Day 35: =Good Guilt, Bad Guilt, and the Thankfulness of Forgiveness

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For godly grief produces a repentance that leads to salvation without regret, whereas worldly grief produces death.

2 Corinthians 7:10

What if I told you you could live a guilt-free life? Would you do it? Wanting to live a guilt-free life is wanting Heaven on Earth when we are still sinning, still far less from perfect. One of the main reasons none of us wants to feel guilty is we inherently know that guilt not only feels bad, but it seemingly prevents us from moving on with our life.

Martyn Lloyd-Jones knew this when he said, “To dwell on the past simply causes failure in the present. While you are sitting down and bemoaning the past and regretting all the things you have not done, you are crippling yourself and preventing yourself from working in the present. Is that Christianity? Of course it is NOT.”

What is  guilt ?

Guilt has a lot of names. You might call it embarrassment, shame, regret, sorrow, or even disgrace. Any of those things can feel like guilt. Second, the feeling of guilt can come from lots of different places. You can feel guilty for doing something wrong, for hurting someone, or just for letting someone down. You can feel guilty for missing out on something big you wish you could have been a part of, or you can feel guilty for sinning. Your past sins, bad choices, failures, embarrassments, and regrets can all make you feel guilty. There are so many things you can feel guilty for, it’s no wonder that so many of us deal with guilt.

But is all guilt created equal? And are we just stuck with it? What if I told you that some guilt is bad but other guilt is something you should be thankful for? Let’s take a closer look at the different kinds of guilt you might feel and what God has to say about it all.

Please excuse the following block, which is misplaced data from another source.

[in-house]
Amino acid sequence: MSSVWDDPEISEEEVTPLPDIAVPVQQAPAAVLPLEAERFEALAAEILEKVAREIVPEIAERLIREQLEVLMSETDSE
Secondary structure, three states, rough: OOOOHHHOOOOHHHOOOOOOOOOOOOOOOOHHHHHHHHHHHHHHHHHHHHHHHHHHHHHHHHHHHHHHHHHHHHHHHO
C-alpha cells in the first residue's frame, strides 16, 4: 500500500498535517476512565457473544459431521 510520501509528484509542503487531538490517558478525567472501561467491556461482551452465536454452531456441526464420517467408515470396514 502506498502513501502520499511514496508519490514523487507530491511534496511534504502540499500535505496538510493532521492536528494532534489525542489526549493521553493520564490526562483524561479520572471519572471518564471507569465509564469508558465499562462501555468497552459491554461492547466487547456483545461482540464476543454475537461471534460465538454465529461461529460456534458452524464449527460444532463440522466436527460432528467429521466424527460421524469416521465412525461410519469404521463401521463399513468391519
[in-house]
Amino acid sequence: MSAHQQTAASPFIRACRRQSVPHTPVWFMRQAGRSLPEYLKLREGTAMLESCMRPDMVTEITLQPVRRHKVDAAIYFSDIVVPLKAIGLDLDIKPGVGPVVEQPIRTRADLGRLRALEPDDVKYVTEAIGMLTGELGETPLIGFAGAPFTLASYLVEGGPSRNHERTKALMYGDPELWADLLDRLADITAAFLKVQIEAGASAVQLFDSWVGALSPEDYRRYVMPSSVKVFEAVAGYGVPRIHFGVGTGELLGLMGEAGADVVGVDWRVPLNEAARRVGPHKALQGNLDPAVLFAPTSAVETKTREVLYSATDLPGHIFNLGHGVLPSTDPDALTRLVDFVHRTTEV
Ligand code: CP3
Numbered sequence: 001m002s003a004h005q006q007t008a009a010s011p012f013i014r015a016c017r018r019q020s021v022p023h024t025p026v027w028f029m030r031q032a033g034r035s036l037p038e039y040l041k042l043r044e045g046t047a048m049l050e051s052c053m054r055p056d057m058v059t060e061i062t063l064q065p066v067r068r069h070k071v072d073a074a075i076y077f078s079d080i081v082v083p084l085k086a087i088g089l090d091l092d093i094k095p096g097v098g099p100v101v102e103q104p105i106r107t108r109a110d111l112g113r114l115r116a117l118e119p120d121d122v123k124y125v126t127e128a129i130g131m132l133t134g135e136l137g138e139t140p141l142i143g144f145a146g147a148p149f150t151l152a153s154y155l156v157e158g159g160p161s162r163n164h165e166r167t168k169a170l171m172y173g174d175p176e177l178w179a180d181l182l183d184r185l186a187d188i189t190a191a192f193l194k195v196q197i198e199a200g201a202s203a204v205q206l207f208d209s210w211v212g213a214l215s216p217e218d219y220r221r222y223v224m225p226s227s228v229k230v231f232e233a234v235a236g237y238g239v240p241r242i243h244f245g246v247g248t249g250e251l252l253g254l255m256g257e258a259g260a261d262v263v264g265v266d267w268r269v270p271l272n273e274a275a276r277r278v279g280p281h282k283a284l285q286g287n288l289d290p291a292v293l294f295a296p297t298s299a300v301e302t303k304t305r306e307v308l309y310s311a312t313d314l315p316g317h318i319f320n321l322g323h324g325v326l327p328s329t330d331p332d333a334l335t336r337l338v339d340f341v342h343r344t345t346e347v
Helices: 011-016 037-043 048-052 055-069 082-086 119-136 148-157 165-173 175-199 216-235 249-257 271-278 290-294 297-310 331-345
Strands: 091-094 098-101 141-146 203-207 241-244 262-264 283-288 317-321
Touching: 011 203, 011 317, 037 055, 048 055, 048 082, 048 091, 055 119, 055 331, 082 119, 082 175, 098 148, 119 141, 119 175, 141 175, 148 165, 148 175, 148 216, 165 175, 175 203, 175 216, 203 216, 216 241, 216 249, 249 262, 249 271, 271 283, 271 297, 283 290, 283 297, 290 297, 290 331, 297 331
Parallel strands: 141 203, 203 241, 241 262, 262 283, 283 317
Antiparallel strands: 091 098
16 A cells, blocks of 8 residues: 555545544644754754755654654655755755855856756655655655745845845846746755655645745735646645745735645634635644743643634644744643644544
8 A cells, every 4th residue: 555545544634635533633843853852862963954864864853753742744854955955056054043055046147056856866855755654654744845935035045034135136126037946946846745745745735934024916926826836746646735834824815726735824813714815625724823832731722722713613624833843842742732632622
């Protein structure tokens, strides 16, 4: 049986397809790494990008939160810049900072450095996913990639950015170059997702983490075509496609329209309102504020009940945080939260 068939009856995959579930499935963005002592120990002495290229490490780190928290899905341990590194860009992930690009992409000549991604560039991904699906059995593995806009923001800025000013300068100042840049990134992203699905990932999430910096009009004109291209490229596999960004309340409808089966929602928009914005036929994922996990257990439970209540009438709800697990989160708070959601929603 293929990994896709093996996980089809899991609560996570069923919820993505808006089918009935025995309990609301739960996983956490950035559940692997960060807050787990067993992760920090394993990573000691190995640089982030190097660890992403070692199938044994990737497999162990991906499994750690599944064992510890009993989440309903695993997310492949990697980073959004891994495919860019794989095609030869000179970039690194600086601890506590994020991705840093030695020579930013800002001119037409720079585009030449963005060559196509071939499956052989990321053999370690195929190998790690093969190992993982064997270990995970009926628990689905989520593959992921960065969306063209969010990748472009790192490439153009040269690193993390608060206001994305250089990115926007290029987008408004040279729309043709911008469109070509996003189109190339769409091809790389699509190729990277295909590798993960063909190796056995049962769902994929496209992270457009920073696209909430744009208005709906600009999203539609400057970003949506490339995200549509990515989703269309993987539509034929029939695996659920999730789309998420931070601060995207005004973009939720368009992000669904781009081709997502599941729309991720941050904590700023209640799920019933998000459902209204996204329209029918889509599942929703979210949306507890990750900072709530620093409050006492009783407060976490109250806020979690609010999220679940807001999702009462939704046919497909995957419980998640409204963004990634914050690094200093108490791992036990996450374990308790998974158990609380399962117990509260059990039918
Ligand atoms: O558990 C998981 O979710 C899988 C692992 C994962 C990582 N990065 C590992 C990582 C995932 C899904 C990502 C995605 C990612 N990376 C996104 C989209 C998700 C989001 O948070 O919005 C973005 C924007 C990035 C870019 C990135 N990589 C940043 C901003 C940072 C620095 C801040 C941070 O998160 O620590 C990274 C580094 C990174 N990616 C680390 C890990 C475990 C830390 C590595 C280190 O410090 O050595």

Good guilt is when you do something wrong (i.e., sinful) and you feel responsible for it, and that feeling makes you want to come clean and stop doing what you’re doing. Good guilt leads you to God and to his forgiveness that’s already bought and paid for, plain and simple. And that’s what makes it good. It stops a bad thing and starts up a good thing. It stops the sin and it starts the worship.

But bad guilt is the complete opposite. Bad guilt happens in two situations: (1) when you do something you feel bad about even though it wasn’t wrong (i.e., you didn’t sin), and (2) when you do something wrong and it leads you not to God but away from him. Bad guilt can make you feel condemned when you are not, and it always leads you away from God. In other words, we’re talking about the guilt that leads you to sin, not away from it.

There are two ways to get on with the life God would have you live when you come to dealing with guilt:

1.  Discern if the guilt is bad guilt (not a sin) then, like a drowning man face down in a puddle of water, stand up and move towards a life lived with the aim of pleasing God, not man.

2.  Recognize good guilt, confess your sin and repent, then accept God’s gracious gift of freedom from the punishment for that sin. This is no puddle, but a raging river that will sweep you off and carry you under. The gift of forgiveness through Jesus is a lifeline from the other side you should be thankful for. Take it, don’t try and earn it or be deserving. Take it, and take it often. And thank your Father for giving you His Word and the Holy Spirit to show you how to live.

Questions to ponder

Do you often feel guilty or rarely? Is it bad guilt (about stuff that’s not sin) or good guilt that is leading you to repentance?

Augustine once said, “Repentant tears wash out the stain of guilt.” Why do you think that is, that repentant tears remove the stain of guilt in the fabric of our lives?

One sneaky form of bad guilt is when you still feel guilty after you’ve received forgiveness. Is there something like that nagging at you? Confess that bad guilt now and thank God for the forgiveness you’ve already received.

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